Journal for Developers

Null Safety – Kotlin’s Biggest Feature

Kotlin Background
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4 min read

Null Safety – one of the biggest features of Kotlin’s, this feature aims to eliminate the danger of null references. Kotlin’s type system is responsible for this by distinguishing references that can hold nullable references and non-null references.

For example, a regular variable of type String can not hold null:

var a: String = "abc"
a = null // compilation error

To allow nulls, we can declare a variable as nullable string, written String?:

var b: String? = "abc"
b = null // ok

Now, if you call a method or access a property on a, it’s guaranteed not to cause an NPE, so you can safely say

val l = a.length

But if you want to access the same property on b, that would not be safe, and the compiler reports an error:

val l = b.length // error: variable 'b' can be null

But what if we still need to access property of the variables which are declared as nullable? There are a several ways of doing that.

1. Checking for null in good old if conditions

First, you can explicitly check if b is null, and handle the two options separately:

val l = if (b != null) b.length else -1

The compiler tracks the information about the check you performed, and allows the call to length inside the if. More complex conditions are supported as well:

if (b != null && b.length > 0) {
    print("String of length ${b.length}")
} else {
    print("Empty string")
}

Note that this only works where b is immutable (i.e. a local variable which is not modified between the check and the usage or a member val which has a backing field and is not overridable), because otherwise it might happen that b changes to null after the check.

2. Safe Calls

Your second option is the safe call operator, written ?.:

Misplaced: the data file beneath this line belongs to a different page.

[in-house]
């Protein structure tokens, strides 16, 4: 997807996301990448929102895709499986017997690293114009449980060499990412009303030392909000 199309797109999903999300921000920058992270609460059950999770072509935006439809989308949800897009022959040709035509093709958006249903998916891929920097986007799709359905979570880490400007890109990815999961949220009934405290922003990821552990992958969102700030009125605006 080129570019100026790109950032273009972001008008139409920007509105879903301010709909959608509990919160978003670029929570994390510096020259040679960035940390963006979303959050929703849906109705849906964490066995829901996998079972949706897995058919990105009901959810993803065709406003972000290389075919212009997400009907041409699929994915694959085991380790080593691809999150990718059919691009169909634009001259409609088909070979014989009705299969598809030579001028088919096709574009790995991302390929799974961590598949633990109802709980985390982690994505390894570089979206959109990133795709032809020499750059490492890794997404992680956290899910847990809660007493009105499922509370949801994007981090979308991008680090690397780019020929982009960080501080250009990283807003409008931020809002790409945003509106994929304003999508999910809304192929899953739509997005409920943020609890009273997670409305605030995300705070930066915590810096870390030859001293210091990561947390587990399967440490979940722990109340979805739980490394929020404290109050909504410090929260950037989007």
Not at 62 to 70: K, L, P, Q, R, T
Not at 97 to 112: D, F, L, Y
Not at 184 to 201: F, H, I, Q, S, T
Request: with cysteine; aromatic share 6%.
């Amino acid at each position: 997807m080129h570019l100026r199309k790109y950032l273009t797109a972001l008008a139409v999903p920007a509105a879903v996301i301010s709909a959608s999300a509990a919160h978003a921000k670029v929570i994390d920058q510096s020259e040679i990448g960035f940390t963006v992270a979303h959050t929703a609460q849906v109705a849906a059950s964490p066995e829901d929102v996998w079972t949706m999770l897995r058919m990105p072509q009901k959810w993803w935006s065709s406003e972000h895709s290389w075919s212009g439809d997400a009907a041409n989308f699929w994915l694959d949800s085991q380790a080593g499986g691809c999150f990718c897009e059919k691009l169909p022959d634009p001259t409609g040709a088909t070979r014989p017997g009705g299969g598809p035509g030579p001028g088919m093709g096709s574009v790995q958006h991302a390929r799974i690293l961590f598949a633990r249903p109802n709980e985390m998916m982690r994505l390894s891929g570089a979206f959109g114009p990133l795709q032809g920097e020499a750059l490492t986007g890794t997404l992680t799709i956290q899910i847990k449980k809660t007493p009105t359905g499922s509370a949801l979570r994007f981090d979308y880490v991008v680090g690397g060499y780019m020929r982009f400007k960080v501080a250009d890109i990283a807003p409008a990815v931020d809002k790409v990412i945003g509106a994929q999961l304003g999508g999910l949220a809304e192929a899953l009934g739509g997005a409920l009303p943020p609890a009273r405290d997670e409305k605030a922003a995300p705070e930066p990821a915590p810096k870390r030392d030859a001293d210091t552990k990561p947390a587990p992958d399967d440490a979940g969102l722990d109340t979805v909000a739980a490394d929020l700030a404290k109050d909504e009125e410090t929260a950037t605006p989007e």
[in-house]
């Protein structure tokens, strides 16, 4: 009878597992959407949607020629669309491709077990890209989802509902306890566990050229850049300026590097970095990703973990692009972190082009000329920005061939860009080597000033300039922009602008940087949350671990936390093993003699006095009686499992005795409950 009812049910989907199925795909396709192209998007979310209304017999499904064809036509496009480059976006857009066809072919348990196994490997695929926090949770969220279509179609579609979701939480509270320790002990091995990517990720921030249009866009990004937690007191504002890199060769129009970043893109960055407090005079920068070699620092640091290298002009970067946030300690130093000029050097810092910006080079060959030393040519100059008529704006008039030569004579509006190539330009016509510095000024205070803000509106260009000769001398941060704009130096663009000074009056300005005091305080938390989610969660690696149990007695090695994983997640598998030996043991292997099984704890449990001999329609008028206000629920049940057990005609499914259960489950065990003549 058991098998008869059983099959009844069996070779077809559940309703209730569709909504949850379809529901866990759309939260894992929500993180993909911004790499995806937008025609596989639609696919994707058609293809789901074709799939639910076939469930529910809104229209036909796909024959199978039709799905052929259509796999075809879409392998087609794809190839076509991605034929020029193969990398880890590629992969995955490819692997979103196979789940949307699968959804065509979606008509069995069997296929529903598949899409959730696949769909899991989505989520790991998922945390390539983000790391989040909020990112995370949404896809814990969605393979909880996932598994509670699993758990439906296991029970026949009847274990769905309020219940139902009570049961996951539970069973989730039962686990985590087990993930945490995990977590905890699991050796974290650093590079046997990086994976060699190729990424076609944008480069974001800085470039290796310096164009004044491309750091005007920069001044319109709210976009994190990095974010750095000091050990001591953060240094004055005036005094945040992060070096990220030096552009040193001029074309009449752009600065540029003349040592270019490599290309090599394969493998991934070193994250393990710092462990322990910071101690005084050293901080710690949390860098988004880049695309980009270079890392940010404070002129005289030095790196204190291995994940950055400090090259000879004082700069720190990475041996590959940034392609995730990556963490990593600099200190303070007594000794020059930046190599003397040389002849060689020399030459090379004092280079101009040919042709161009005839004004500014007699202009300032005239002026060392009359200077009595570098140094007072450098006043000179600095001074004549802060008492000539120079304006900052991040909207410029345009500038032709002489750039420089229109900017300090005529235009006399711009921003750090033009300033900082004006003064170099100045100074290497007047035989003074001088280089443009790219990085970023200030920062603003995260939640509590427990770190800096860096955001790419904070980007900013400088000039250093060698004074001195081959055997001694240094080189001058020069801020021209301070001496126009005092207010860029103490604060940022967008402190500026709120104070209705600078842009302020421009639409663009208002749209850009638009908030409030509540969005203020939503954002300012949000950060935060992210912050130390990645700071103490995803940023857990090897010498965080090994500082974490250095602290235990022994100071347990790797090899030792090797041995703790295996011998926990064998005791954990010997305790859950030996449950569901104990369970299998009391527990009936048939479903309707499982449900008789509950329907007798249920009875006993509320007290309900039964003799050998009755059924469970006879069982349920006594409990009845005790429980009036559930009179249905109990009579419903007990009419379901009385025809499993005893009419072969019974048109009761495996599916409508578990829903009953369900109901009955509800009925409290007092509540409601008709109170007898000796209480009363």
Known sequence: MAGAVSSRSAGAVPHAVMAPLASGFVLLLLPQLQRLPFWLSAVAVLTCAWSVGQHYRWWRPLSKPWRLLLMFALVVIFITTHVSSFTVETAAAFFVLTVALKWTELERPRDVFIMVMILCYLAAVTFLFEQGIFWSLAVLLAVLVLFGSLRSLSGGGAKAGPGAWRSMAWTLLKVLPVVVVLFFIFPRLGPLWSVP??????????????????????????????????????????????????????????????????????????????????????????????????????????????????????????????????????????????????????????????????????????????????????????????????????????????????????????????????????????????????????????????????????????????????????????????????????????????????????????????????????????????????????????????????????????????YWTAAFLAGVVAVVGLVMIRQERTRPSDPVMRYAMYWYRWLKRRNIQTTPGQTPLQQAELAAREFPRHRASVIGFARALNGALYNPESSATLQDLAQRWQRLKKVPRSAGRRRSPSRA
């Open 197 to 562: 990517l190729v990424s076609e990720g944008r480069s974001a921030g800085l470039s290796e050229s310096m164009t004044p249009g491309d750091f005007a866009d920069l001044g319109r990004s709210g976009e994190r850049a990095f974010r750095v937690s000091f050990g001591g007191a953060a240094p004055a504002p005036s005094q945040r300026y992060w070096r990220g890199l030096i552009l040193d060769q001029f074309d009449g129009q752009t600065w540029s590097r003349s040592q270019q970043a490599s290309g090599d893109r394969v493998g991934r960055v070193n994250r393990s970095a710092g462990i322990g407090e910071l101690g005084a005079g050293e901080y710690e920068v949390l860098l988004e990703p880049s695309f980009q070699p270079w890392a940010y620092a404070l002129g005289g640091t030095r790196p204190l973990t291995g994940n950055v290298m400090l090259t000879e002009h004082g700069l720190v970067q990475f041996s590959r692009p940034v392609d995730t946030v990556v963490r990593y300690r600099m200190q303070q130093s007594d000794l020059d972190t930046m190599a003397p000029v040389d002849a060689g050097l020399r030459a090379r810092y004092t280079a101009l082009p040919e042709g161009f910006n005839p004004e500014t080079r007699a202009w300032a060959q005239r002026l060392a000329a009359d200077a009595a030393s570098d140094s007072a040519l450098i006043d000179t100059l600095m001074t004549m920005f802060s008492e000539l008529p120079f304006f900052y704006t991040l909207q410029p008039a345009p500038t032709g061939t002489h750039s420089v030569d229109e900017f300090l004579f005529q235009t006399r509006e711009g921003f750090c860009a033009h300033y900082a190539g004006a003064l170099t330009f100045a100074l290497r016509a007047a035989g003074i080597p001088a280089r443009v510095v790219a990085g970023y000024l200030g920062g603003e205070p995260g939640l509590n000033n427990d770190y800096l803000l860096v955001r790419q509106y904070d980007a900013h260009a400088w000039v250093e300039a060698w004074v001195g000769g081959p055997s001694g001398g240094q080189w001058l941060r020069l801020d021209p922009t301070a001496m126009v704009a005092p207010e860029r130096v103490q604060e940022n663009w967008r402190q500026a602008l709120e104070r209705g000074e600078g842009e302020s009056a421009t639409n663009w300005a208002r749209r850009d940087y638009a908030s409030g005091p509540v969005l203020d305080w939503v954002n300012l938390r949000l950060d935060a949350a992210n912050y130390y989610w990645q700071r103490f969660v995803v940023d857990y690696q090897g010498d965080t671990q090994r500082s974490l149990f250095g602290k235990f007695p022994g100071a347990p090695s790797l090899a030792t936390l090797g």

b?.length

This returns b.length if b is not null, and null otherwise. The type of this expression is Int?.

Safe calls are useful in chains. For example, if Bob, an Employee, may be assigned to a Department (or not), that in turn may have another Employee as a department head, then to obtain the name of Bob’s department head (if any), we write the following:

bob?.department?.head?.name

Such a chain returns null if any of the properties in it is null.

To perform a certain operation only for non-null values, you can use the safe call operator together with let:

val listWithNulls: List<String?> = listOf("A", null)
for (item in listWithNulls) {
     item?.let { println(it) } // prints A and ignores null
}

3. Elvis Operator

When we have a nullable reference r, we can say “if r is not null, use it, otherwise use some non-null value x“:

val l: Int = if (b != null) b.length else -1

Along with the complete if-expression, this can be expressed with the Elvis operator, written ?::

val l = b?.length ?: -1

If the expression to the left of ?: is not null, the elvis operator returns it, otherwise it returns the expression to the right. Note that the right-hand side expression is evaluated only if the left-hand side is null.

Note that, since throw and return are expressions in Kotlin, they can also be used on the right hand side of the elvis operator. This can be very handy, for example, for checking function arguments:

fun foo(node: Node): String? {
    val parent = node.getParent() ?: return null
    val name = node.getName() ?: throw IllegalArgumentException("name expected")
    // ...
}

4. The !! Operator

The third option is for NPE-lovers. We can write b!!, and this will return a non-null value of b (e.g., a String in our example) or throw an NPE if b is null:

val l = b!!.length

Thus, if you want an NPE, you can have it, but you have to ask for it explicitly, and it does not appear out of the blue.

Safe Casts

Regular casts may result into a ClassCastException if the object is not of the target type. Another option is to use safe casts that return null if the attempt was not successful:

val aInt: Int? = a as? Int

Collections of Nullable Type

If you have a collection of elements of a nullable type and want to filter non-null elements, you can do so by using filterNotNull.

val nullableList: List<Int?> = listOf(1, 2, null, 4)
val intList: List<Int> = nullableList.filterNotNull()

 

 

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